I am from the vale of Kashmir, India. My journey from Kashmir to Australia was a result of my destiny to travel to the lucky country about 27 years ago, when I migrated to Australia and landed in Canberra.
We all now live in a COVID-19 world that is so different to the one we inhabited only a couple of months ago.
While most people think that permaculture and sustainable garden styles are the same. In fact permaculture can often be exactly the opposite.
Toowoomba Japanese Garden covers 4.5 hectares and truly lives up to its name ‘Ju Raku En’ meaning ‘long life and happiness in a public garden’.
While 2020 will mark the 25th Anniversary of the Melbourne International Flower and Garden Show, it will also mark Phillip Withers and the team our 5th professional appearance.
Sydney’s best-loved gardening personality, Shirley Stackhouse, died on March 4 aged 92. She passed away peacefully after a short illness.
In 2016, my husband and I decided to sell our Australian sheep property and move to Ireland, my country of birth. In 2018 we sold the farm along with 3000 merino sheep.
It’s no longer viable to forage for bushfood. Yes, that’s a hard truth to hear, especially for us nature lovers.
One of my very favourite records is a 1965 recording of the Elgar Cello Concerto in E Minor played by Jacqueline du Pre with the London Symphony Orchestra conducted by Sir John Barbirolli, himself a cellist. This is regarded by many people to be the benchmark performance of this much-loved work. The fact that this concerto is played so beautifully on an instrument crafted from wood only occurred to me when Ray Steward OAM took us on his excellent tree walk in the Australian Plant Communities on 23rd July 2013.
Caroline Zoob and her husband, Jonathan, rented Monk’s House, Rodmell near Lewes, East Sussex, from the National Trust for 10 years. This had been the home of Virginia Woolf and her husband, Leonard. They bought it in 1919 and took to the garden with passion. With Virginia’s help Leonard turned an ordinary cottage garden into something special.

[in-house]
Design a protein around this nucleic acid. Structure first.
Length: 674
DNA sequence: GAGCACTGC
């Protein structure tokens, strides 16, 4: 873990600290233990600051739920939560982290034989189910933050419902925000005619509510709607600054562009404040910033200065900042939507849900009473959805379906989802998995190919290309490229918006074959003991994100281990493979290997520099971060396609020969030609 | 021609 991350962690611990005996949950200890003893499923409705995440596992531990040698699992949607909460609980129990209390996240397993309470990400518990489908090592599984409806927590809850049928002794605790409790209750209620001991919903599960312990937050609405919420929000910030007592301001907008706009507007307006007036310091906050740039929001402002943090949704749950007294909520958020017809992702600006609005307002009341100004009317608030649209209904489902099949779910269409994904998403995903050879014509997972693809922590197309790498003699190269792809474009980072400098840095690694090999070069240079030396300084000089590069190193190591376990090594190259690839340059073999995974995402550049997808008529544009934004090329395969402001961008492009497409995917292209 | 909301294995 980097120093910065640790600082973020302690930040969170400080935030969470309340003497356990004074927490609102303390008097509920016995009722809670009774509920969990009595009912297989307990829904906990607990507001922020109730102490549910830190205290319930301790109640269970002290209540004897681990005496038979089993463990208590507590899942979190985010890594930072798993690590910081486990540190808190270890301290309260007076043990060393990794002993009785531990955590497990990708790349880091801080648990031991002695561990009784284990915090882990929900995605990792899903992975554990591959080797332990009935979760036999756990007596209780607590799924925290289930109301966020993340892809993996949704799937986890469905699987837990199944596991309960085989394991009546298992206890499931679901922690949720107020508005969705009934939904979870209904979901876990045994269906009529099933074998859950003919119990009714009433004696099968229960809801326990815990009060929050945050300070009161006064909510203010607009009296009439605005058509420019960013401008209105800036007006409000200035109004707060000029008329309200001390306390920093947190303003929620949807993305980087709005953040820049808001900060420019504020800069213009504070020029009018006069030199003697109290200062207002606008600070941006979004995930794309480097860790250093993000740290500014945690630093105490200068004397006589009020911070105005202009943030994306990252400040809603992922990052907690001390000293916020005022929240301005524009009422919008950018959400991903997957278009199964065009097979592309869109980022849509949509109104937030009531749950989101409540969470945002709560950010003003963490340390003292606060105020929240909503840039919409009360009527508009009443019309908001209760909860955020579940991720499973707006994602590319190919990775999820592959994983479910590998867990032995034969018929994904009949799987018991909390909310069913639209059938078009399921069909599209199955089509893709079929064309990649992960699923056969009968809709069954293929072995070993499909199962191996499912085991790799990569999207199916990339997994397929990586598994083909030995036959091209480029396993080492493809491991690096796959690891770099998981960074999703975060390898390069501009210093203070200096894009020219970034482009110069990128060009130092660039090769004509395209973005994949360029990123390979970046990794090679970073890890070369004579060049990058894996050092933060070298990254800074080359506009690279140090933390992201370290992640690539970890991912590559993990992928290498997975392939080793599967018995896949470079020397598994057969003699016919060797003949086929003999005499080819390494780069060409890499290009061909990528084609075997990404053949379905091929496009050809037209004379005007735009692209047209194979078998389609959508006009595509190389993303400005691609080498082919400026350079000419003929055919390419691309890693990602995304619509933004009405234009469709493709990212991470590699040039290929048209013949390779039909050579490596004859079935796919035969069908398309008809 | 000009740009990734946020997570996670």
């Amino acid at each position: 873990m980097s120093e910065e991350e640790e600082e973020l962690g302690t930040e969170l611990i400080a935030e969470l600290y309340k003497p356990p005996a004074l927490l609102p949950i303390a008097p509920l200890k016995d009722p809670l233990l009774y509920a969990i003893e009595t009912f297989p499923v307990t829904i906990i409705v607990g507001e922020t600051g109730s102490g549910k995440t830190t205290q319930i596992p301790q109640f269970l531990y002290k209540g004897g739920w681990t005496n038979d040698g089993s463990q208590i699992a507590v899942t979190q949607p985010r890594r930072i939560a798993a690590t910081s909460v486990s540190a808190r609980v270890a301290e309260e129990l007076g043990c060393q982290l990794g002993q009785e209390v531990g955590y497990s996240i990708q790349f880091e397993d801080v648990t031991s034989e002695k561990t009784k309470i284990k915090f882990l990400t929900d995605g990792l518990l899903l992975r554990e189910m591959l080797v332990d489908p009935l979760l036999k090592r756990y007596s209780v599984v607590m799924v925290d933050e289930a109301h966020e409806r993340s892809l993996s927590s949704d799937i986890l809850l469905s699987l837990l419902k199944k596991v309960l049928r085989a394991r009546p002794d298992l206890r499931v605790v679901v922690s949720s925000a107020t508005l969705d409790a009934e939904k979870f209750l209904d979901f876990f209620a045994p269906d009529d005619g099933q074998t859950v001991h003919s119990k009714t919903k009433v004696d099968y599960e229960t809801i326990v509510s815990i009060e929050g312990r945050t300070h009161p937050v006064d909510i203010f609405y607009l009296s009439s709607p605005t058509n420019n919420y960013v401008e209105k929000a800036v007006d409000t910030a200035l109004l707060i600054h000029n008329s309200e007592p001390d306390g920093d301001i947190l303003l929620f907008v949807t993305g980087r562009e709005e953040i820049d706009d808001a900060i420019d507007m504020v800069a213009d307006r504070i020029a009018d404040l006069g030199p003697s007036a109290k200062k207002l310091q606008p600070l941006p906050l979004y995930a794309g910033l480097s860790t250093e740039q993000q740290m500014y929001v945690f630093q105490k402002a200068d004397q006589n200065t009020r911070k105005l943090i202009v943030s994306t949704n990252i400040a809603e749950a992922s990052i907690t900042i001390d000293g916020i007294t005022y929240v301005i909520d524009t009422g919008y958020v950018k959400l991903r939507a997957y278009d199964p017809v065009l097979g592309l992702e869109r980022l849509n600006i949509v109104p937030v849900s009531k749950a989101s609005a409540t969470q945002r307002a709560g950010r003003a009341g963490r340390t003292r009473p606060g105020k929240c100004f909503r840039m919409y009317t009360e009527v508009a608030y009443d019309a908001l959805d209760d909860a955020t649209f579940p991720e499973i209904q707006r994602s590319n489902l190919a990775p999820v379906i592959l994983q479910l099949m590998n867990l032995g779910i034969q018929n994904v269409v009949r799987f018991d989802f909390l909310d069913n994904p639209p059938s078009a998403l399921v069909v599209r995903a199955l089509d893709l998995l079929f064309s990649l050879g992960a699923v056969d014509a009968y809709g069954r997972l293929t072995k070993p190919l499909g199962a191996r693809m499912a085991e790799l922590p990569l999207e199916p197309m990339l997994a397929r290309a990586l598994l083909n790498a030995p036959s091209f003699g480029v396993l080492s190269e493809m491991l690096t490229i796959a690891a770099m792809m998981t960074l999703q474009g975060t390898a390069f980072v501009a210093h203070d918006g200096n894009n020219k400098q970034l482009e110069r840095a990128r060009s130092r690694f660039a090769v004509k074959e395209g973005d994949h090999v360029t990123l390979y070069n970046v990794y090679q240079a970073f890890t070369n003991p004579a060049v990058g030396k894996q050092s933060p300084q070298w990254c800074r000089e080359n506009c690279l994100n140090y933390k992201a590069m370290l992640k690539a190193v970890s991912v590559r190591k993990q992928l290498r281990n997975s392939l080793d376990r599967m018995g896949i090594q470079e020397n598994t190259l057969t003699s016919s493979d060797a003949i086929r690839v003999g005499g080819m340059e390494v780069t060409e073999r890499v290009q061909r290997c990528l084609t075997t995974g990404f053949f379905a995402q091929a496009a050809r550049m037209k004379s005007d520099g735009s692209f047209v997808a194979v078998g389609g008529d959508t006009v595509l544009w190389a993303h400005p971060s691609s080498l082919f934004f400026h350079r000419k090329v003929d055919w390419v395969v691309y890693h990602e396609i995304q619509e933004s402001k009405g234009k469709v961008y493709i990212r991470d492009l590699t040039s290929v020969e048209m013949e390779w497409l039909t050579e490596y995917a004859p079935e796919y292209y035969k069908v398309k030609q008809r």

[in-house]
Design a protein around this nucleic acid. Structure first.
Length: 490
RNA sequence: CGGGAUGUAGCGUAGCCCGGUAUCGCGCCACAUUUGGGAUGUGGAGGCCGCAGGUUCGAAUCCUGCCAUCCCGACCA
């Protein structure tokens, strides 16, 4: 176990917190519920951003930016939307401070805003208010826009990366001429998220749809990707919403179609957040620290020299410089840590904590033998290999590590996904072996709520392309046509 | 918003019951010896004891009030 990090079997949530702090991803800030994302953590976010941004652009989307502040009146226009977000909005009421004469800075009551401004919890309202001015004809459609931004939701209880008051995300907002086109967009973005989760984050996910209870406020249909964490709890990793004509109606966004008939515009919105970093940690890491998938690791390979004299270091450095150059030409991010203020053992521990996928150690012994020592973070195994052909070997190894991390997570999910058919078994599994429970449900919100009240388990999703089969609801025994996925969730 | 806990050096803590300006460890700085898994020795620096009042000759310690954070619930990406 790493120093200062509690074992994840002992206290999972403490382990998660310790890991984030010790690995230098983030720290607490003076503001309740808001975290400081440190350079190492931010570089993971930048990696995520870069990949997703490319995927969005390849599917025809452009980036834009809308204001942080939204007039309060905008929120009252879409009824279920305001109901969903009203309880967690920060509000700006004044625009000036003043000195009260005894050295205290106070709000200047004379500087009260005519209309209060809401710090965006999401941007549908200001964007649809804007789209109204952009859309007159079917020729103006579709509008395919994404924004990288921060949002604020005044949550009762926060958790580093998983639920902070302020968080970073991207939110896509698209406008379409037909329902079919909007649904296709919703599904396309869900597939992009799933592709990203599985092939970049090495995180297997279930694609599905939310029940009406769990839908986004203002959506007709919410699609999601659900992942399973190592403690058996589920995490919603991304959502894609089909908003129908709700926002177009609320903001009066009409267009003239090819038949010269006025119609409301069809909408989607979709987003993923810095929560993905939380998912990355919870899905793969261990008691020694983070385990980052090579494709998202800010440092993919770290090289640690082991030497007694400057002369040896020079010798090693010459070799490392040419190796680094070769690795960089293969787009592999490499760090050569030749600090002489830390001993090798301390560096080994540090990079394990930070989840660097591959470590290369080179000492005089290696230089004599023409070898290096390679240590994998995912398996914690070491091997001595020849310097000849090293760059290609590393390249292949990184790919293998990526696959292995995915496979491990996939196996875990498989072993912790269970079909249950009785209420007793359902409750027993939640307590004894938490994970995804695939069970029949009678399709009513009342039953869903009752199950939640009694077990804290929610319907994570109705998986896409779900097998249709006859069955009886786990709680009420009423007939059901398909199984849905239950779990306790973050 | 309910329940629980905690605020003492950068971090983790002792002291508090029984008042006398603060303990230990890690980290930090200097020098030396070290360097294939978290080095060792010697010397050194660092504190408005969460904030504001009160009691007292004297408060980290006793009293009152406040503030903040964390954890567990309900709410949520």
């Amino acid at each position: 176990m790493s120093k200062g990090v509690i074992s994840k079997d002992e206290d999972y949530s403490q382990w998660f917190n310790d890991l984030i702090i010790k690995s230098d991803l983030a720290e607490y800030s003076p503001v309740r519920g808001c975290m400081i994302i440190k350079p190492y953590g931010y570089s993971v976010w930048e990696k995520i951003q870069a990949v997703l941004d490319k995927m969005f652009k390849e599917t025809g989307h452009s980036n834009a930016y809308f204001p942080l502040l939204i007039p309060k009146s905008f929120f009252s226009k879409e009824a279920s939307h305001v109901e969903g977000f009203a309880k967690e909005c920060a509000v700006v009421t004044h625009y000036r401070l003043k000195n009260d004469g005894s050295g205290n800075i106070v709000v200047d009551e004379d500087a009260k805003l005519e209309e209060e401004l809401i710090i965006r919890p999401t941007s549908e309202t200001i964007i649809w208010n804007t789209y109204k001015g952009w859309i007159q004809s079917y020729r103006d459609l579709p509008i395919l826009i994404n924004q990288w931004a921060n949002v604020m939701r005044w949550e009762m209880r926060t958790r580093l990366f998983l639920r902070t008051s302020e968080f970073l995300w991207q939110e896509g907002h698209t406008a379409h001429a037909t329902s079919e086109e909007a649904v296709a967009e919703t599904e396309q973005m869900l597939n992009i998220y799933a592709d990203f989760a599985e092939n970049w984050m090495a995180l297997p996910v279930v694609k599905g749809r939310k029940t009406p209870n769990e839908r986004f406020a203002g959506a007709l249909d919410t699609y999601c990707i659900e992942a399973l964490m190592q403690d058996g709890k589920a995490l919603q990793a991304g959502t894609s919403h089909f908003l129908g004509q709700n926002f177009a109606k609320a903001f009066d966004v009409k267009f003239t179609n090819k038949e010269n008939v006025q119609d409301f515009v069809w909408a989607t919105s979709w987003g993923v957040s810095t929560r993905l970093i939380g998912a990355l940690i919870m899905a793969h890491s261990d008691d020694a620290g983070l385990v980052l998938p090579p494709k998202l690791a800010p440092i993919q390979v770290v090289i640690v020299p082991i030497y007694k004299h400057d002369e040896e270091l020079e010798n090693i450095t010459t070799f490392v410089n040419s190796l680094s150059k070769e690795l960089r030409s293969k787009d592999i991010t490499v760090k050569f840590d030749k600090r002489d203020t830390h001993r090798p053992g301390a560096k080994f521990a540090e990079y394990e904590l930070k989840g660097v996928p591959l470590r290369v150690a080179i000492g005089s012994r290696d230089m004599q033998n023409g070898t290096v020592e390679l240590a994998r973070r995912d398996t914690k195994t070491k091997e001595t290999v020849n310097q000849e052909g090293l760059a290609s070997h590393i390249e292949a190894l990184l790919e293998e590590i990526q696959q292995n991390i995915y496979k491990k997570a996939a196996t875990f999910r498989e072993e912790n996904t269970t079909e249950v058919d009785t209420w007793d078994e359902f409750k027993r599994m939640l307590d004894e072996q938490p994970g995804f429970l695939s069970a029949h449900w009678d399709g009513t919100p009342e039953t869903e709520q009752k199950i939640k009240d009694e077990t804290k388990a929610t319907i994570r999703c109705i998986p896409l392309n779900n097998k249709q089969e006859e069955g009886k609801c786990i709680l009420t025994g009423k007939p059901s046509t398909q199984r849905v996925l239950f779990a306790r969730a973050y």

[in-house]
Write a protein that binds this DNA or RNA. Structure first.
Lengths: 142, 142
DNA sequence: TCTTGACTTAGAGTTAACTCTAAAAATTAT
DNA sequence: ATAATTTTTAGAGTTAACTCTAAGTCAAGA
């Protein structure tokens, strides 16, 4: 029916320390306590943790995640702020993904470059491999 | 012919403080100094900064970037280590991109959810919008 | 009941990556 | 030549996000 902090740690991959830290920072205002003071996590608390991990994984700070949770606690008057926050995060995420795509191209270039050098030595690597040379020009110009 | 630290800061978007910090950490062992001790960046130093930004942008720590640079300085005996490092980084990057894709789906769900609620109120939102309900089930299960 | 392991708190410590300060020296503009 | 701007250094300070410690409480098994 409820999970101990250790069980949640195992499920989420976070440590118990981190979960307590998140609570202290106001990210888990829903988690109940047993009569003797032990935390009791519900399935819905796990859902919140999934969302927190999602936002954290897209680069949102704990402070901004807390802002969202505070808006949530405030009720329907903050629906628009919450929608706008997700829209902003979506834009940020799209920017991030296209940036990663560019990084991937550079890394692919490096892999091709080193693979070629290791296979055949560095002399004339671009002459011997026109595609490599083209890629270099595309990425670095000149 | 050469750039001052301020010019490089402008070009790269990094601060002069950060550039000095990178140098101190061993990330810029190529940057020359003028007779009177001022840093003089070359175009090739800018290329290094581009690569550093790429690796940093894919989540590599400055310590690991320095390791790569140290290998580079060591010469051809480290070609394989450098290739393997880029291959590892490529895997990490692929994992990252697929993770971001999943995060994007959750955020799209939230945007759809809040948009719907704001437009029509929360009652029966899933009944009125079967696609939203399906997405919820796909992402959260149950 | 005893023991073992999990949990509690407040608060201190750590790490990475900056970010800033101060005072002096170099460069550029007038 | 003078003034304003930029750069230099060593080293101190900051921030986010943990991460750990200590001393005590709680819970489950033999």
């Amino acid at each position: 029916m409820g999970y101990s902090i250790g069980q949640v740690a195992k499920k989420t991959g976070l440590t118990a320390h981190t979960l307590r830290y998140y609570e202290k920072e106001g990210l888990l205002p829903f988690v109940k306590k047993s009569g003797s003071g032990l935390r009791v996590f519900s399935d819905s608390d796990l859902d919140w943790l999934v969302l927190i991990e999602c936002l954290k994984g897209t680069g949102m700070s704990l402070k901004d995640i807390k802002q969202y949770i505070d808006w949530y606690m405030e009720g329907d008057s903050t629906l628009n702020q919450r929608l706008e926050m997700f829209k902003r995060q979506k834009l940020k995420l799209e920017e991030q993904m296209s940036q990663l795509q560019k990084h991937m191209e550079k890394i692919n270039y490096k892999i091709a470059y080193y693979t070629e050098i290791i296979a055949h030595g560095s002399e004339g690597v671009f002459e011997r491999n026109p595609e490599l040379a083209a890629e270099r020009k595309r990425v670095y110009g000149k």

On a cool misty November day, we drove into the Hillwood Estate and Garden car park and were soon registered at the Visitor Centre. The Estate is not a massive tract of land, but it is filled with many treasures, both in the house and in the garden. Outbuildings also house many treasures.
This book and its theme are timely and poignant. We won’t stop waging wars. Some parts of the globe have long histories of it with competition for resources, land, water, trade and souls. Dwindling water supplies suggest more will come. We also won’t stop gardening – for food, shelter, beauty, solace – and this book is revealing on why. What gardening does for us – something that seems worth pondering and talking-up, as peace-fostering.
For one raised and used to living in cooler, moister climes, living in Sydney can bring on ‘conifer-depletion syndrome’. Continue reading